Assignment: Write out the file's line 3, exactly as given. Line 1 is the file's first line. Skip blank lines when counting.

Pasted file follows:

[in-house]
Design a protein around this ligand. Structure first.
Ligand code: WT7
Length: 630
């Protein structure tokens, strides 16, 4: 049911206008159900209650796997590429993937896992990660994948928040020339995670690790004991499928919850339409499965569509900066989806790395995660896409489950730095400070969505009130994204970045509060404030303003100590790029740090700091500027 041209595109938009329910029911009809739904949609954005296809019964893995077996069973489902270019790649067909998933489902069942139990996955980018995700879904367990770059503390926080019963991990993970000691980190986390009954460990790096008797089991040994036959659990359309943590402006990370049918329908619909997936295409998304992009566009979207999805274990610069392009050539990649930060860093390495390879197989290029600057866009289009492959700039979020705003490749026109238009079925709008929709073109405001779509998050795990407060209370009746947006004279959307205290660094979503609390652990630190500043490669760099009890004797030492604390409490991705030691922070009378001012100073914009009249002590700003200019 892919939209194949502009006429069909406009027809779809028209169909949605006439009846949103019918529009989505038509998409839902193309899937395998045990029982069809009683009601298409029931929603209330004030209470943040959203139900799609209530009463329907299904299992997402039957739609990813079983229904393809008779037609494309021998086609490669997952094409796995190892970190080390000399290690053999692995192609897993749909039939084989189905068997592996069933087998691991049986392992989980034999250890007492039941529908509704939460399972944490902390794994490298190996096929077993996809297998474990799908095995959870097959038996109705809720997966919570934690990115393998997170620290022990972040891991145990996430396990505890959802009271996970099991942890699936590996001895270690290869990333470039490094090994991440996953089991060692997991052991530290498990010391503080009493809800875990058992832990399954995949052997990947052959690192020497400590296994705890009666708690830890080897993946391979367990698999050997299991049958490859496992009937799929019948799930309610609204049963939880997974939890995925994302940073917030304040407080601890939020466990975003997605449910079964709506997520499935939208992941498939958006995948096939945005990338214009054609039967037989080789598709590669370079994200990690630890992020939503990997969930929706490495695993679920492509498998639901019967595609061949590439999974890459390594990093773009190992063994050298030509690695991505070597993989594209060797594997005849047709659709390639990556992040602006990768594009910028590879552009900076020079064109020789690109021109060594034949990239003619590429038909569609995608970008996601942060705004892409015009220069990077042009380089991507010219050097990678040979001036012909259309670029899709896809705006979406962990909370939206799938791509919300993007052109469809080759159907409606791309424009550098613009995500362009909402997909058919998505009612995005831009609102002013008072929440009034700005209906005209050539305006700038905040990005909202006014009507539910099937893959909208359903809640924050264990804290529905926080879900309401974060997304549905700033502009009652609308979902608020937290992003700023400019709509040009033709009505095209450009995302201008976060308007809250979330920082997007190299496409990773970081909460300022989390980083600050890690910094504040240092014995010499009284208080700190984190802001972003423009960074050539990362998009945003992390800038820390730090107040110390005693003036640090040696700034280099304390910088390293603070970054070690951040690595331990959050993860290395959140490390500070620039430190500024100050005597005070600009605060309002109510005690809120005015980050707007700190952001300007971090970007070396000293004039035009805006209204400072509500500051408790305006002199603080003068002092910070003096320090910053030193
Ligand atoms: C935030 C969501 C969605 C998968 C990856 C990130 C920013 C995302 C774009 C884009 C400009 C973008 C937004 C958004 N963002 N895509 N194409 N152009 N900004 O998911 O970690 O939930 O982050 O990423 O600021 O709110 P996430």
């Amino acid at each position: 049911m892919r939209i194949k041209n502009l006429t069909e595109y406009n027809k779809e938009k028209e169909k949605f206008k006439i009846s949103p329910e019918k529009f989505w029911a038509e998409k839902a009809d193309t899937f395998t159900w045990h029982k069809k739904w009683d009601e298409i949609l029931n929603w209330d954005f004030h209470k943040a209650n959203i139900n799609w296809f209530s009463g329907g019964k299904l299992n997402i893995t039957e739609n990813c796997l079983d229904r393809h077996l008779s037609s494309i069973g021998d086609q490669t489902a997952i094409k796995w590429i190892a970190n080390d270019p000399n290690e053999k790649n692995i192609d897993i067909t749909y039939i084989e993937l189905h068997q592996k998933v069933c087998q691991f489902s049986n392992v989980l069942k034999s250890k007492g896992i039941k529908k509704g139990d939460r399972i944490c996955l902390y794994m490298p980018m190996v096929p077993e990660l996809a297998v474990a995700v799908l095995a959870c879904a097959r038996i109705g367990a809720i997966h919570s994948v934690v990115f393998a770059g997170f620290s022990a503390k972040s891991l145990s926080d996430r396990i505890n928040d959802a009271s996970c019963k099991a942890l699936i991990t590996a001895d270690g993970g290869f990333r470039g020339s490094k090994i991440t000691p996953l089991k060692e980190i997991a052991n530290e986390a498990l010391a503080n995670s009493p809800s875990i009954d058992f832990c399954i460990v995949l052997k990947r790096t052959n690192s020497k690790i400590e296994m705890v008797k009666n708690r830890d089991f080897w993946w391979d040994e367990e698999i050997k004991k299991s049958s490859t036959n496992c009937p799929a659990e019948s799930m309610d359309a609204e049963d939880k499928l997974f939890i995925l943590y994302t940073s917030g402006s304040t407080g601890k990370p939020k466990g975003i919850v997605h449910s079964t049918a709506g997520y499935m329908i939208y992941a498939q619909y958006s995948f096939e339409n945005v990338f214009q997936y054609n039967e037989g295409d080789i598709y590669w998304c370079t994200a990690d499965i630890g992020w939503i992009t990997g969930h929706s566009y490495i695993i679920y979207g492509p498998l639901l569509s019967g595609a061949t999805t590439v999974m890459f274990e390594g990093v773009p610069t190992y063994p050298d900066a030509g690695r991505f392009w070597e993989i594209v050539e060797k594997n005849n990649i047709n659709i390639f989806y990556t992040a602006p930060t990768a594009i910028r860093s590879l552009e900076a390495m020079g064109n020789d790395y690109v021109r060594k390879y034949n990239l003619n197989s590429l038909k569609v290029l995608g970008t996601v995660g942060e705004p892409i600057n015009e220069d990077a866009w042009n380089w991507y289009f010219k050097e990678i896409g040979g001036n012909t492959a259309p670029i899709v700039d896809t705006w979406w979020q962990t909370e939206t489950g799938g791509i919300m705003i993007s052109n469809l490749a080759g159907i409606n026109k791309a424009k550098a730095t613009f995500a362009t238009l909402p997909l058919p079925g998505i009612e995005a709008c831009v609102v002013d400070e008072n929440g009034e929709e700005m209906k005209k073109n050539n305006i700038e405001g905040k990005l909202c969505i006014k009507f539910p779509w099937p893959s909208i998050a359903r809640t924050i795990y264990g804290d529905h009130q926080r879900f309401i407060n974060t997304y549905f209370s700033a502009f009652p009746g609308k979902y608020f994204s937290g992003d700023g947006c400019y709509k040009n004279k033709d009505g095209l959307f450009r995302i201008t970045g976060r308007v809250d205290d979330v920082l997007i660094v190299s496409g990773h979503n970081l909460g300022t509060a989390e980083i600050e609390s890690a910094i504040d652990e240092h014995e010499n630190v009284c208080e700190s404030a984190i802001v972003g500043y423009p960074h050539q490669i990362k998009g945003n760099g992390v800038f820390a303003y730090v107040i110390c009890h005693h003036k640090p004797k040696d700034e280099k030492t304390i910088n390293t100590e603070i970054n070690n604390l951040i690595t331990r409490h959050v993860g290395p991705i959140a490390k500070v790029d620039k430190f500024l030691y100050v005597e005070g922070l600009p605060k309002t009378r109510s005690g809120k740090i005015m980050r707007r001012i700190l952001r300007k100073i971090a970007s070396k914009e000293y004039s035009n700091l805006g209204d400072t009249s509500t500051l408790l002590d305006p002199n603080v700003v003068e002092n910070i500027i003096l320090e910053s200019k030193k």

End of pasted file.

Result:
Ligand code: WT7